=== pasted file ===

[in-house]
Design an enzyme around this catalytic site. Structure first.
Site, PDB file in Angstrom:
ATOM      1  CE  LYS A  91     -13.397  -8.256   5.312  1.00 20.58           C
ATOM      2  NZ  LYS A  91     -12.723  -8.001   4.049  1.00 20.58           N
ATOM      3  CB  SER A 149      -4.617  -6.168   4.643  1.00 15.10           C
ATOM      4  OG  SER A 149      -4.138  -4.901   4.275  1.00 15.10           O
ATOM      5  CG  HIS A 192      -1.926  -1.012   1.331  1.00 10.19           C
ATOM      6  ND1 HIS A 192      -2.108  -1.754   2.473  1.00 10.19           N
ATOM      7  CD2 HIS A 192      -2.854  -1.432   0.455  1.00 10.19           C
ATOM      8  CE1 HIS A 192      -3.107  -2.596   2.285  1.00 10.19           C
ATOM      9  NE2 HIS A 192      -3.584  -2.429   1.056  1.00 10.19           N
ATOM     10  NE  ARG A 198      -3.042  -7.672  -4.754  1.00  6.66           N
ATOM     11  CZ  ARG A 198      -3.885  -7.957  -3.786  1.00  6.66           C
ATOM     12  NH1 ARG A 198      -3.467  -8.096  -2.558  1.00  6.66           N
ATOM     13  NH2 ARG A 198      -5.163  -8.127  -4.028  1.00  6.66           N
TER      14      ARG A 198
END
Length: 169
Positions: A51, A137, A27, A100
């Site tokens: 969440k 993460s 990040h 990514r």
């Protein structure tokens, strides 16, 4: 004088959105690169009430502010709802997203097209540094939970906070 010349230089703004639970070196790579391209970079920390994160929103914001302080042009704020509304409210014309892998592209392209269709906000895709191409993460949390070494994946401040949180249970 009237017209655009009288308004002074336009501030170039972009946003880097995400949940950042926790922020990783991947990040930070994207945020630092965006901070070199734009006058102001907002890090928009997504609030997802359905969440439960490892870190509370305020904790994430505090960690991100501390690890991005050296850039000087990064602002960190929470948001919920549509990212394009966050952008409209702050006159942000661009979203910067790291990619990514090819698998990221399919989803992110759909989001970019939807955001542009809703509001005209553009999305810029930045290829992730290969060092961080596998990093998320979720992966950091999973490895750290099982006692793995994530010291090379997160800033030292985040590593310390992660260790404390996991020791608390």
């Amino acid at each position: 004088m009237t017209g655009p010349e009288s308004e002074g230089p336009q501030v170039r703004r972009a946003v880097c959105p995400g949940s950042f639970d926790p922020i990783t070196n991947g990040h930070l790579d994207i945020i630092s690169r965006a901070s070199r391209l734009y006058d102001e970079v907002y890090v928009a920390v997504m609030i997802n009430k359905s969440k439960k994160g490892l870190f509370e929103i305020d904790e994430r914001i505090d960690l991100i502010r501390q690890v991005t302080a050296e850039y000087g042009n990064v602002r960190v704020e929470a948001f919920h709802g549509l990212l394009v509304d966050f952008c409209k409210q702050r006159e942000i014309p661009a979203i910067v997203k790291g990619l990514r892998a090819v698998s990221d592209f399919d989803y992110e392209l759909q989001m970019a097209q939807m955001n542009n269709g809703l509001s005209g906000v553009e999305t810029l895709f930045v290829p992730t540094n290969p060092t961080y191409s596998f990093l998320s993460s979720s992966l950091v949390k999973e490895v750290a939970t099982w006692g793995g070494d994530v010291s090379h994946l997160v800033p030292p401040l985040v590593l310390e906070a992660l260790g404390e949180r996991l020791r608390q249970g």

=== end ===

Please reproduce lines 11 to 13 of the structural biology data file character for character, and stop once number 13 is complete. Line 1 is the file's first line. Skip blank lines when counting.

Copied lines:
ATOM      8  CE1 HIS A 192      -3.107  -2.596   2.285  1.00 10.19           C
ATOM      9  NE2 HIS A 192      -3.584  -2.429   1.056  1.00 10.19           N
ATOM     10  NE  ARG A 198      -3.042  -7.672  -4.754  1.00  6.66           N